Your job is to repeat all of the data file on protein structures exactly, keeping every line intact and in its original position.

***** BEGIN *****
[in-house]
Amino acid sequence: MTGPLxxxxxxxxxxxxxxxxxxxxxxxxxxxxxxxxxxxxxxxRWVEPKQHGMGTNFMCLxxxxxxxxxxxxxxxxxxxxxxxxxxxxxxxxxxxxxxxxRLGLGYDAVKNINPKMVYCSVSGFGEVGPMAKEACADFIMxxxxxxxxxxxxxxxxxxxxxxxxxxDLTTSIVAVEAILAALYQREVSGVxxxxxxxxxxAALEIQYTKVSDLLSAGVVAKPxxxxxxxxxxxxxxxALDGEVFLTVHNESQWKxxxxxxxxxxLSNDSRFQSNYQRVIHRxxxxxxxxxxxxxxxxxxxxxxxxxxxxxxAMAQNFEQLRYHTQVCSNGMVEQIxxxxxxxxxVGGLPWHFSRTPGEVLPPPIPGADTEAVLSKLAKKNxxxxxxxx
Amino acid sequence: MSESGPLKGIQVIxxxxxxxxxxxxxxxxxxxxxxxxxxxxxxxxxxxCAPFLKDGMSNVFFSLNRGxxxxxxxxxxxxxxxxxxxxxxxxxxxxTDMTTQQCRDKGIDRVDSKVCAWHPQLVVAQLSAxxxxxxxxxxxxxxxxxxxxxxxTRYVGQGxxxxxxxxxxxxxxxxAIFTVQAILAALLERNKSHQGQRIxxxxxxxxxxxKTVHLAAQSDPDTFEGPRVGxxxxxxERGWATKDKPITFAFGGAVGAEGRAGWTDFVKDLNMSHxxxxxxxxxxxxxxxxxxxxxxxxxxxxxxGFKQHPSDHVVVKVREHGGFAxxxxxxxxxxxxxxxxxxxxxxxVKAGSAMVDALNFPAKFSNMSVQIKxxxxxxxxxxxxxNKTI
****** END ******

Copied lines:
[in-house]
Amino acid sequence: MTGPLxxxxxxxxxxxxxxxxxxxxxxxxxxxxxxxxxxxxxxxRWVEPKQHGMGTNFMCLxxxxxxxxxxxxxxxxxxxxxxxxxxxxxxxxxxxxxxxxRLGLGYDAVKNINPKMVYCSVSGFGEVGPMAKEACADFIMxxxxxxxxxxxxxxxxxxxxxxxxxxDLTTSIVAVEAILAALYQREVSGVxxxxxxxxxxAALEIQYTKVSDLLSAGVVAKPxxxxxxxxxxxxxxxALDGEVFLTVHNESQWKxxxxxxxxxxLSNDSRFQSNYQRVIHRxxxxxxxxxxxxxxxxxxxxxxxxxxxxxxAMAQNFEQLRYHTQVCSNGMVEQIxxxxxxxxxVGGLPWHFSRTPGEVLPPPIPGADTEAVLSKLAKKNxxxxxxxx
Amino acid sequence: MSESGPLKGIQVIxxxxxxxxxxxxxxxxxxxxxxxxxxxxxxxxxxxCAPFLKDGMSNVFFSLNRGxxxxxxxxxxxxxxxxxxxxxxxxxxxxTDMTTQQCRDKGIDRVDSKVCAWHPQLVVAQLSAxxxxxxxxxxxxxxxxxxxxxxxTRYVGQGxxxxxxxxxxxxxxxxAIFTVQAILAALLERNKSHQGQRIxxxxxxxxxxxKTVHLAAQSDPDTFEGPRVGxxxxxxERGWATKDKPITFAFGGAVGAEGRAGWTDFVKDLNMSHxxxxxxxxxxxxxxxxxxxxxxxxxxxxxxGFKQHPSDHVVVKVREHGGFAxxxxxxxxxxxxxxxxxxxxxxxVKAGSAMVDALNFPAKFSNMSVQIKxxxxxxxxxxxxxNKTI